The image editing software reads -- but does not change -- the RAW file's metadata, then displays the image. At this point, you can manually adjust the settings using your software to see the effect on the RAW data.
Saving a JPEG File
When you save a JPEG file, all the information that a RAW file would keep separately in a header file is saved as part of the JPEG file (and is therefore unchangeable).
The camera applies the JPEG settings automatically, and, in some cases, its settings are limited. For instance, cameras usually only have between one and three sharpening settings, such as "unsharp masking," where the camera finds the edges between light and dark areas and enhances the contrast. With limited sharpening abilities, high levels of sharpening can produce visible halos around these edges. Consequently, if the levels are set too low then the sharpening may prove insufficient.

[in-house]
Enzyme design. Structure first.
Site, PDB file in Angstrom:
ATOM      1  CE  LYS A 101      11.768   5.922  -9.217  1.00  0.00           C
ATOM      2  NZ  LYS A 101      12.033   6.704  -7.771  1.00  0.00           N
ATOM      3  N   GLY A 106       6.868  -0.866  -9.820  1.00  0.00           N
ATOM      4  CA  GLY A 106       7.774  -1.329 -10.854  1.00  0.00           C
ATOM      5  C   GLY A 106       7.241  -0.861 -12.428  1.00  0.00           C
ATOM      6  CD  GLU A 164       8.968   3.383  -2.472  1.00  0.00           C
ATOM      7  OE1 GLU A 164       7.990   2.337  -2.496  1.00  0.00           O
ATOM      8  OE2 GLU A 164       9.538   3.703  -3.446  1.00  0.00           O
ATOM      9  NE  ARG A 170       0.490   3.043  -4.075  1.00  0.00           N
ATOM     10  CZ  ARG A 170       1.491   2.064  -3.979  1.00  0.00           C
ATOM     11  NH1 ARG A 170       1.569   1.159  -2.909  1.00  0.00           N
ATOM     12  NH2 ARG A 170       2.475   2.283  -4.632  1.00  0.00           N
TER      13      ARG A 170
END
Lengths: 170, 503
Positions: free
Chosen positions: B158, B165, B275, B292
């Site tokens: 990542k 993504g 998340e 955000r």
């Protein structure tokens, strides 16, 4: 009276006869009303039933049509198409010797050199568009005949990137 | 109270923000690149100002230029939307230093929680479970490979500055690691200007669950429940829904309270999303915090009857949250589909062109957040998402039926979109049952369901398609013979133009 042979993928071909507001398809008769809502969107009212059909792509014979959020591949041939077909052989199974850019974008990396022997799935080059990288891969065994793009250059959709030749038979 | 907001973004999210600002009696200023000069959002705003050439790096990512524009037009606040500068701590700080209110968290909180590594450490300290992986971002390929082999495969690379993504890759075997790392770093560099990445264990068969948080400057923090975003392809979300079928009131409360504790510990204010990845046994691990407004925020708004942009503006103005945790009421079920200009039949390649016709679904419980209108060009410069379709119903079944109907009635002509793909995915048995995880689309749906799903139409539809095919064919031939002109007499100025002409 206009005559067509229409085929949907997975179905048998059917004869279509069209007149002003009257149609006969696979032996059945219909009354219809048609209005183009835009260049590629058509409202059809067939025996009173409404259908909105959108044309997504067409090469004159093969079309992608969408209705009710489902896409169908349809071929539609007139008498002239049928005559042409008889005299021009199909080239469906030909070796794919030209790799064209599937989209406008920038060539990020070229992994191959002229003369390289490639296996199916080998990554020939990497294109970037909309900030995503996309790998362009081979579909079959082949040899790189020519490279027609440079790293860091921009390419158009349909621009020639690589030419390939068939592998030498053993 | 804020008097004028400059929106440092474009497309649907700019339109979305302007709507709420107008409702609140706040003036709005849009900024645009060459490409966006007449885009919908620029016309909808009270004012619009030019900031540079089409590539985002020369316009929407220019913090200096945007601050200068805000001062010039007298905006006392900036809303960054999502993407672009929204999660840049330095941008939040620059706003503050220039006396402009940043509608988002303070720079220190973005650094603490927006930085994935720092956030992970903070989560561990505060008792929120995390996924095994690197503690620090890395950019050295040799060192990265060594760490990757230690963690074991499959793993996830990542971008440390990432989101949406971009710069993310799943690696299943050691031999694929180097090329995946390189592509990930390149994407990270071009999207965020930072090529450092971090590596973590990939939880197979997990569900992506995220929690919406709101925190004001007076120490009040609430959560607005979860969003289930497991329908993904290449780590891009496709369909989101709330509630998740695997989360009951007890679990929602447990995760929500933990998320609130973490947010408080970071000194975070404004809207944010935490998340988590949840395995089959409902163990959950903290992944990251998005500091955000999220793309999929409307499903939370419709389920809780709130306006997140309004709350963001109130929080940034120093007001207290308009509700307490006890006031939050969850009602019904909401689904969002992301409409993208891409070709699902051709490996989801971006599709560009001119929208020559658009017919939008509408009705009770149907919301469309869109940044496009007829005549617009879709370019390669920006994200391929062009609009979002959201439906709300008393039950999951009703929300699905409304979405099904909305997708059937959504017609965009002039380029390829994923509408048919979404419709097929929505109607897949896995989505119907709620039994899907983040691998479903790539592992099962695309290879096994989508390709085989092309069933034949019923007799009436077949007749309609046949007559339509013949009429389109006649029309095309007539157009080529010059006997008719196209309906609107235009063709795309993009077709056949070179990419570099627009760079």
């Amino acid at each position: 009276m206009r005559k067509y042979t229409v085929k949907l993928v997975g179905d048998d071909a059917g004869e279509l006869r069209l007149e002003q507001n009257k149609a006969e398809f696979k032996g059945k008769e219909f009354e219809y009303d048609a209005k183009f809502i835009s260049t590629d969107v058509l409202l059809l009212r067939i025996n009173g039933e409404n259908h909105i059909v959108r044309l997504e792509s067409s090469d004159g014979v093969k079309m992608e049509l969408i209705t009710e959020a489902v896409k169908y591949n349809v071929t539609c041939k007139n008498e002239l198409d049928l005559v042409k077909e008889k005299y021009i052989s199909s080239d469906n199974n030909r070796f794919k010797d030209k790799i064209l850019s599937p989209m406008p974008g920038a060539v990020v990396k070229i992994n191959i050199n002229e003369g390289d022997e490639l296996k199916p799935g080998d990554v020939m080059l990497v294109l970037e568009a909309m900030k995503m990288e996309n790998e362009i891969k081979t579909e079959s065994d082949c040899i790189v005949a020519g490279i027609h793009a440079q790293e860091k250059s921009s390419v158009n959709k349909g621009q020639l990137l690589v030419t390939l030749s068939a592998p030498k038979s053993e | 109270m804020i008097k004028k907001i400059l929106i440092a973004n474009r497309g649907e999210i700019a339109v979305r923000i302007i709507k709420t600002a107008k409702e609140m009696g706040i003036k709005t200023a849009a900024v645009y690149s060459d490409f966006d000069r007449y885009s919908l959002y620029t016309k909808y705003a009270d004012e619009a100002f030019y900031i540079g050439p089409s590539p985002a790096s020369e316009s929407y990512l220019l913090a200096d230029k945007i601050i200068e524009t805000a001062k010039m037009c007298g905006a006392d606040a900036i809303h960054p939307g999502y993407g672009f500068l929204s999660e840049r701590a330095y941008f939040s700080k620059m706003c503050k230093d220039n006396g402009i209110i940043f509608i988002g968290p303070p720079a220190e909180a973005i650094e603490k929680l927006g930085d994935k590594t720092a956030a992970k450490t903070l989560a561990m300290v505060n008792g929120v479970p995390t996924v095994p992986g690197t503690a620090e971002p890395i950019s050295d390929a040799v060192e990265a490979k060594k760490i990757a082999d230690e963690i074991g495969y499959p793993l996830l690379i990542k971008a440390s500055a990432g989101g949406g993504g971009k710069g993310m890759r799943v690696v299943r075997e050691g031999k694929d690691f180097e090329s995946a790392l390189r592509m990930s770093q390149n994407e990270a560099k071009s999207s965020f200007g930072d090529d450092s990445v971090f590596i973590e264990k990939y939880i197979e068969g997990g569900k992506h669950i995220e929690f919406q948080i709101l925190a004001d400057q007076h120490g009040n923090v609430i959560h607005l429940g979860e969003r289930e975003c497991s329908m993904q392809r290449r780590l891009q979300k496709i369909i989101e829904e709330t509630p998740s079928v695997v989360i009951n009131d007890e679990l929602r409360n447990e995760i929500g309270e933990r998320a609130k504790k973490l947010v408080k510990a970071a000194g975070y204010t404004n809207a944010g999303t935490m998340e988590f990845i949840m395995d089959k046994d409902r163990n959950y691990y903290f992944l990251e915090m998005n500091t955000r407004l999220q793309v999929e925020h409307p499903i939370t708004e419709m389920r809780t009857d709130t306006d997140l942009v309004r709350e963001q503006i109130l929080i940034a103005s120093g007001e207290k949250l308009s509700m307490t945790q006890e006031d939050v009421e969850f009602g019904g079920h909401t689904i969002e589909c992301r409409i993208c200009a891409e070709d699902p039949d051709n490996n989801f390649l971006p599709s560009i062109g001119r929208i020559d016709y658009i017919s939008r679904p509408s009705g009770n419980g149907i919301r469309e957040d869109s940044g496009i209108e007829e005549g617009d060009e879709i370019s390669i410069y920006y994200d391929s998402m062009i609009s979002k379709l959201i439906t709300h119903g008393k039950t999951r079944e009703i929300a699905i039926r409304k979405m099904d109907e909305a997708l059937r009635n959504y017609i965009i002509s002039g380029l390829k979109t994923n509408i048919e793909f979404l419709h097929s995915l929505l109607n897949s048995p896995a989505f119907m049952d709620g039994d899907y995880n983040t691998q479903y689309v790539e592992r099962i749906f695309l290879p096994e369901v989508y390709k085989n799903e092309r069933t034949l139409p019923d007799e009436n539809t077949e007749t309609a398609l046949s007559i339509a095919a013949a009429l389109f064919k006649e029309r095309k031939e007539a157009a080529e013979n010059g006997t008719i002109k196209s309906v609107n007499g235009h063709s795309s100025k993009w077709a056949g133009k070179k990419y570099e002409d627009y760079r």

You also have to remember that, by itself, no sensor can record color. Most imaging chips use what is called a Bayer Matrix or a Color Filter Array in order to record color. In layman's terms, this means that red, green, and blue filters are placed over each pixel and, through a very complex algorithm, comparisons between the values recorded by each pixel and its neighbors derive the color information.
The problems arise as, when saving a JPEG, the camera converts the file from a higher data quality (12- or 14-bit mode) to a lower one (8-bit mode). Eight-bit mode only allows the camera to capture 256 shades of color per pixel (compared to RAW's ability to capture 4,096 shades). Suddenly, a huge amount of potential color information is lost. On top of this, the JPEG file format applies compression to images, so as to create smaller file sizes, but which inevitably means discarding some data. If compression can be set to a low level (such as 2:1), very little data will be lost. At higher compression levels, though, the data loss will be immediately obvious.
So Why Would You Ever Shoot JPEG?